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Folk’s Past and Future Coexist in Kurt Vile‘s ‘Speed, Sound, Lonely KV’

Album cover for "Speed, Sound, Lonely KV"
Album cover for "Speed, Sound, Lonely KV"
By Sofia Andrade, Crimson Staff Writer

In recent months, Bob Dylan’s “Never-Ending Tour” has taken its longest hiatus since the folk singer began the now 3,066-show journey in 1988. On April 7, legendary folk iconoclast John Prine passed away from complications due to the coronavirus, leaving behind a 50 year legacy of influential protest music as part of Chicago’s folk revival. On Sept. 26, Farm Aid, a yearly music festival founded in 1985 by folk and folk-rock icons Willie Nelson, Neil Young, and John Mellencamp, moved online, making 2020 the only year in the festival’s 35-year run that artists didn’t perform in-person.

As is true of most spaces, to say that the coronavirus pandemic has hit the folk community hard is an understatement.

American singer-songwriter Kurt Vile’s newest EP, “Speed, Sound, Lonely KV,” perfectly positions itself to pay tribute to these important institutions and figures of folk legend. The indie singer-songwriter cites among his major influences folk icons Neil Young and Prine — and nowhere is that more clear than in “Speed, Sound, Lonely.”

Vile began his music career in earnest as co-founder and lead guitarist of The War on Drugs before parting ways with the band as its popularity grew. By 2009, he had signed to Matador Records as a solo artist, where he wasted no time in releasing his own music. Most critics argue it was his 2013 “Wakin’ on a Pretty Daze” that cemented him in the indie scene.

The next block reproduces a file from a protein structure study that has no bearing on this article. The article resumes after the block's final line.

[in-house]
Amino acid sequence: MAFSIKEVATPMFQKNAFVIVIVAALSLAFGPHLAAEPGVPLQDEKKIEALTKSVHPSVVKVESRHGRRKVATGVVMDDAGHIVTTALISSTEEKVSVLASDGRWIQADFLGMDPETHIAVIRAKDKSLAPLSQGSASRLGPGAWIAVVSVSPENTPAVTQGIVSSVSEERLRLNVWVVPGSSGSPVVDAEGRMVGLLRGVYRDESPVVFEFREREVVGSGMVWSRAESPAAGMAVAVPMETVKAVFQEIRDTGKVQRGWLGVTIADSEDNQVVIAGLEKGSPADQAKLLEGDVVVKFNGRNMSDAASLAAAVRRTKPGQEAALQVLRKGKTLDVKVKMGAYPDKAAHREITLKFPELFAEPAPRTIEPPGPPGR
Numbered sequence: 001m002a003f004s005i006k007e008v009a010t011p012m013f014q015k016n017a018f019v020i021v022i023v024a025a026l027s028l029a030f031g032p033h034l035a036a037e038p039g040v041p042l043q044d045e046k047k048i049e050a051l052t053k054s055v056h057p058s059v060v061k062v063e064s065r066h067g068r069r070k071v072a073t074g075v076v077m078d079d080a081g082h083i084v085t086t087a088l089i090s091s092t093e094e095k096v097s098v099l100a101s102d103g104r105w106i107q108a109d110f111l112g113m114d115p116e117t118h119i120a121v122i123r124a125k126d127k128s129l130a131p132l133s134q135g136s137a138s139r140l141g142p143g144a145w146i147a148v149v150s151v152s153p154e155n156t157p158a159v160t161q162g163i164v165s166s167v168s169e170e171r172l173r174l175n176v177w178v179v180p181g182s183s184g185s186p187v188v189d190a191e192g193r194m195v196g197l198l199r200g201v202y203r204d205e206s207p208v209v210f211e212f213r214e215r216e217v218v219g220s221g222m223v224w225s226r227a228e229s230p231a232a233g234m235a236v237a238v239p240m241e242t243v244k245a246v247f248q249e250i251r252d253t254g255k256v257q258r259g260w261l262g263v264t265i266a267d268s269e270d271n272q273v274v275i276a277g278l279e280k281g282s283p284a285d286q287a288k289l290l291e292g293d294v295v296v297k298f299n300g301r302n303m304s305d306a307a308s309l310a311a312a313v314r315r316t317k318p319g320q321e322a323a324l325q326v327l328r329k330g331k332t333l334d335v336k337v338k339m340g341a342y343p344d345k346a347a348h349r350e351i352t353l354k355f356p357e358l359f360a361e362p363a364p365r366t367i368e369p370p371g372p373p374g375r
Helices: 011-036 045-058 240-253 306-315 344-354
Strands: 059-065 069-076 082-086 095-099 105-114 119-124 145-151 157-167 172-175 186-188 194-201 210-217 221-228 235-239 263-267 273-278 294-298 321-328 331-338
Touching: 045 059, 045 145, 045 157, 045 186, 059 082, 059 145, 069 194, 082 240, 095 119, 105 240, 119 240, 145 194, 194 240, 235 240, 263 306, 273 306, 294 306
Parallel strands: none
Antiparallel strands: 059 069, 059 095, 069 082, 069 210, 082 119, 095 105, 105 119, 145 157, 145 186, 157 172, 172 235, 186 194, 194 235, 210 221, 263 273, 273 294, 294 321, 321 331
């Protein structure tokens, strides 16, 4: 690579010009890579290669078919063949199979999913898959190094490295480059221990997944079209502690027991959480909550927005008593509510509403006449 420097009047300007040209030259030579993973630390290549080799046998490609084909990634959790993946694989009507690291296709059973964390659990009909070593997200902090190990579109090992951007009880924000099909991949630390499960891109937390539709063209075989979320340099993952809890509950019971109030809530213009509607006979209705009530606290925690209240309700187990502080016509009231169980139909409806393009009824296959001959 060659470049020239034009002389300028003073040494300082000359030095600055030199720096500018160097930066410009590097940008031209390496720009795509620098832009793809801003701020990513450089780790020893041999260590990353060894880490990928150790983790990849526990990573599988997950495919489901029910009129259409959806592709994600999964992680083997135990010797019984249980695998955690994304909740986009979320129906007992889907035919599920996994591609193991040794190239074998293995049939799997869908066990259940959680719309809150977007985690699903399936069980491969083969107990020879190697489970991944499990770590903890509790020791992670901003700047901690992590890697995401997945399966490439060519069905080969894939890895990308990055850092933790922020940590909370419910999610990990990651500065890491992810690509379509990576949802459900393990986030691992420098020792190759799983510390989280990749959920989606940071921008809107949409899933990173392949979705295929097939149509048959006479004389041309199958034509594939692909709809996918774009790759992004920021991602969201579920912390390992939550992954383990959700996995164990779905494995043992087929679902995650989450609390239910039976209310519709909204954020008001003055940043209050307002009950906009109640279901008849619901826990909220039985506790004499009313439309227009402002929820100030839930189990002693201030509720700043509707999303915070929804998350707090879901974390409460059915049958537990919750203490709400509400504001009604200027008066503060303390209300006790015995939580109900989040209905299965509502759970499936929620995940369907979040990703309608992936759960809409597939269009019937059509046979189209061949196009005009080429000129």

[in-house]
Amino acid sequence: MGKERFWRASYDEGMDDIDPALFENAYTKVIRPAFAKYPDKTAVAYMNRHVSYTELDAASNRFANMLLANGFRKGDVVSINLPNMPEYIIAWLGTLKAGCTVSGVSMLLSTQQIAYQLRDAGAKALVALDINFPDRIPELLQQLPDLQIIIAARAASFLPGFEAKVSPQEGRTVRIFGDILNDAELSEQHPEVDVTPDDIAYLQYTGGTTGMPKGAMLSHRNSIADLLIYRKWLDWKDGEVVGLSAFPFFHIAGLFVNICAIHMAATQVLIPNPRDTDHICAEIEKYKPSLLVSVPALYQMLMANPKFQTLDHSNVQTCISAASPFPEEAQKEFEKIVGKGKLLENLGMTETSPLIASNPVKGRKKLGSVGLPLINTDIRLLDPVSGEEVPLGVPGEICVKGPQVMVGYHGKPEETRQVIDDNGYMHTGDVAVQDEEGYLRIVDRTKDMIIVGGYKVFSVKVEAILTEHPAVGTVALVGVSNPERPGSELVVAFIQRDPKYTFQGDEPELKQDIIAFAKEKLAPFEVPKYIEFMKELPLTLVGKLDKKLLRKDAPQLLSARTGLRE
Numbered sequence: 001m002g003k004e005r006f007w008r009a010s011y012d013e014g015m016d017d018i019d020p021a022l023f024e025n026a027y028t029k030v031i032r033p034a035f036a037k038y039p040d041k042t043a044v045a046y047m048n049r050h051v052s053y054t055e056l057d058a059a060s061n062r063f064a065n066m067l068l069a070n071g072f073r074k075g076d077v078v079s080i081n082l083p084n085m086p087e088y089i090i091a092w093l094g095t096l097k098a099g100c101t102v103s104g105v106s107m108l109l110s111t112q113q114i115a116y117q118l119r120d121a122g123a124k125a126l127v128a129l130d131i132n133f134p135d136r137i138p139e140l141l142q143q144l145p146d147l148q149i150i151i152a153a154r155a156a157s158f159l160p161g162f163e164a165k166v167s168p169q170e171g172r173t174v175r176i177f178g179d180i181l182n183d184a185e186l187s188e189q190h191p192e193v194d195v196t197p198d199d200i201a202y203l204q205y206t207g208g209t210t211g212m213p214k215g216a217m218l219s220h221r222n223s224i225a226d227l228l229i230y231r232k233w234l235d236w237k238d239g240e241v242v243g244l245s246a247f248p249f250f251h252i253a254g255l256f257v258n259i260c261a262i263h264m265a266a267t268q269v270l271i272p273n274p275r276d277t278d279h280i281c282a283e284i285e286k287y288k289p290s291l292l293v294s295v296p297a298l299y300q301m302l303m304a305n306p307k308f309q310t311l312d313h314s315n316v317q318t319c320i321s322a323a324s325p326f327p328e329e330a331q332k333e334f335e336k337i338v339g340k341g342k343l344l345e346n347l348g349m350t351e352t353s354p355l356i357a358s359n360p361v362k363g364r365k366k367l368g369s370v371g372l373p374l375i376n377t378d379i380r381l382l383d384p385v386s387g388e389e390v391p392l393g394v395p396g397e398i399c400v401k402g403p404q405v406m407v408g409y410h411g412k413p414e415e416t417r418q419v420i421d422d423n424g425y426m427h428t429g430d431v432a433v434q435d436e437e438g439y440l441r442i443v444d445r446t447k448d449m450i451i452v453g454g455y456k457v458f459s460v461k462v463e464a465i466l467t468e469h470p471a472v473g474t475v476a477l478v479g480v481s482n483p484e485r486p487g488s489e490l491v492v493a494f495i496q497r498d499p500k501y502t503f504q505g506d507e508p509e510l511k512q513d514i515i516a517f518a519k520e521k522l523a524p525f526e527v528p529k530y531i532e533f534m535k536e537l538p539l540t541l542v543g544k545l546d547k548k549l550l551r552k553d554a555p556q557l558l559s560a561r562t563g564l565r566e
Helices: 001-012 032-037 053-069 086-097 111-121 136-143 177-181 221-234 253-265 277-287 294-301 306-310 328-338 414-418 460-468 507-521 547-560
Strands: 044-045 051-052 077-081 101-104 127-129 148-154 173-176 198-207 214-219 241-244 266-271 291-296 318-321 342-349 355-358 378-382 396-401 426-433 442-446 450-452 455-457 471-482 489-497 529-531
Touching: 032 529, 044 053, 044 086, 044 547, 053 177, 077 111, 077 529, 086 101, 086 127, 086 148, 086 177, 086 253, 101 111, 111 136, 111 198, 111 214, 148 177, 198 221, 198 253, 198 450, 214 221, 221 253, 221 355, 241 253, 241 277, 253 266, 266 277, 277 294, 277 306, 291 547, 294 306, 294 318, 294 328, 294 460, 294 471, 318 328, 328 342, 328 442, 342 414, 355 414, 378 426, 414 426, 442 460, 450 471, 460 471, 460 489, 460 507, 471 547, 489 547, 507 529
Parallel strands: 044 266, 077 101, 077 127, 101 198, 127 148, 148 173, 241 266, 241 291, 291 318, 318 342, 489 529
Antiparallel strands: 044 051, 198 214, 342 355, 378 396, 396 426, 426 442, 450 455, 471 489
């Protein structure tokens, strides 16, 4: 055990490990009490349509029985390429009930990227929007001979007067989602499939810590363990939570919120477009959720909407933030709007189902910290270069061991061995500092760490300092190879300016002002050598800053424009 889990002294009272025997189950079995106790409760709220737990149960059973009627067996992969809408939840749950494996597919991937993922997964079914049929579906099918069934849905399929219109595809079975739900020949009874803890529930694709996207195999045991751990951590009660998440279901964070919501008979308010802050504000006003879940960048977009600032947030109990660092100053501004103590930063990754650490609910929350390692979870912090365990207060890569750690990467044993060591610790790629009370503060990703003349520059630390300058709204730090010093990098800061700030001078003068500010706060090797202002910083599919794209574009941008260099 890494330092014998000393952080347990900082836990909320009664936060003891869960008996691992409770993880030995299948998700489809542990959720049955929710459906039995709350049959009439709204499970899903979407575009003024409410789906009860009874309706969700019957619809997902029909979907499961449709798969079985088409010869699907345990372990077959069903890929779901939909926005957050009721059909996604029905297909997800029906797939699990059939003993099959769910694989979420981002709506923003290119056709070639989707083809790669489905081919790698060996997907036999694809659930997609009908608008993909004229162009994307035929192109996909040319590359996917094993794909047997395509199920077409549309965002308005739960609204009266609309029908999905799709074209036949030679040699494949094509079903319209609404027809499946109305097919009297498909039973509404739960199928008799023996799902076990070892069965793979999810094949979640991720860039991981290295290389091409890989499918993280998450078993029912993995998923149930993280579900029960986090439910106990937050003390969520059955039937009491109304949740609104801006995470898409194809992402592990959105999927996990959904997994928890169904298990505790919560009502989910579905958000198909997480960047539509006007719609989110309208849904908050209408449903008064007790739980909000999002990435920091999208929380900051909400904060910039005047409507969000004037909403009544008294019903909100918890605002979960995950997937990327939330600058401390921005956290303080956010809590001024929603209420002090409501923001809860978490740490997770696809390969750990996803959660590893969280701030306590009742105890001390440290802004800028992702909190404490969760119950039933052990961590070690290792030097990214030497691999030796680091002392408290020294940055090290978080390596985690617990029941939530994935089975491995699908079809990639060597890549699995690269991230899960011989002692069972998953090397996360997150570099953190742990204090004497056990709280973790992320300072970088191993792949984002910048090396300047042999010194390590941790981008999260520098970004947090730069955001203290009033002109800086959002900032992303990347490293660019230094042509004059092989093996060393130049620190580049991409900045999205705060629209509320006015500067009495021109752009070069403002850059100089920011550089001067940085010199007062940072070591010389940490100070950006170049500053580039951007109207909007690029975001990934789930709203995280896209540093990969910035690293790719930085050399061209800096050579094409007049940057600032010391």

Like that in “Wakin’ on a Pretty Daze,” the music in “Speed, Sound, Lovely” is firmly rooted in the artist’s indie and folk influences and his characteristically low-key production, as well as his own fingerstyle acoustic guitar and banjo playing. The EP was recorded over a four year period in Nashville, Tenn., and yet the release feels both detached from and strikingly tied to the present.

At first listen, the EP leaves its audience awash in an unplaceable feeling of nostalgia for a simpler time. At the very least, the release evokes nostalgia for a feeling that has been largely missing from the past couple months: peace. Its stripped back production and heavy focus on delicately-layered acoustic guitars leaves the EP airy, light, and bathed in warmth. It’s the kind of release perfect for a summer day spent laying alone in a field of flowers: welcoming and fresh, yet self-aware to the point of heartbreak.

And still, at the heart of the EP is its standing as a tribute to the folk and country icons of the 1960s and ‘70s. The EP is comprised of five songs, three of which are covers. Two of the tracks, “Speed of the Sound of Loneliness” and “How Lucky,” are Prine’s, and one, “Gone Girl,” was originally written by country singer “Cowboy” Jack Clement back in 1970.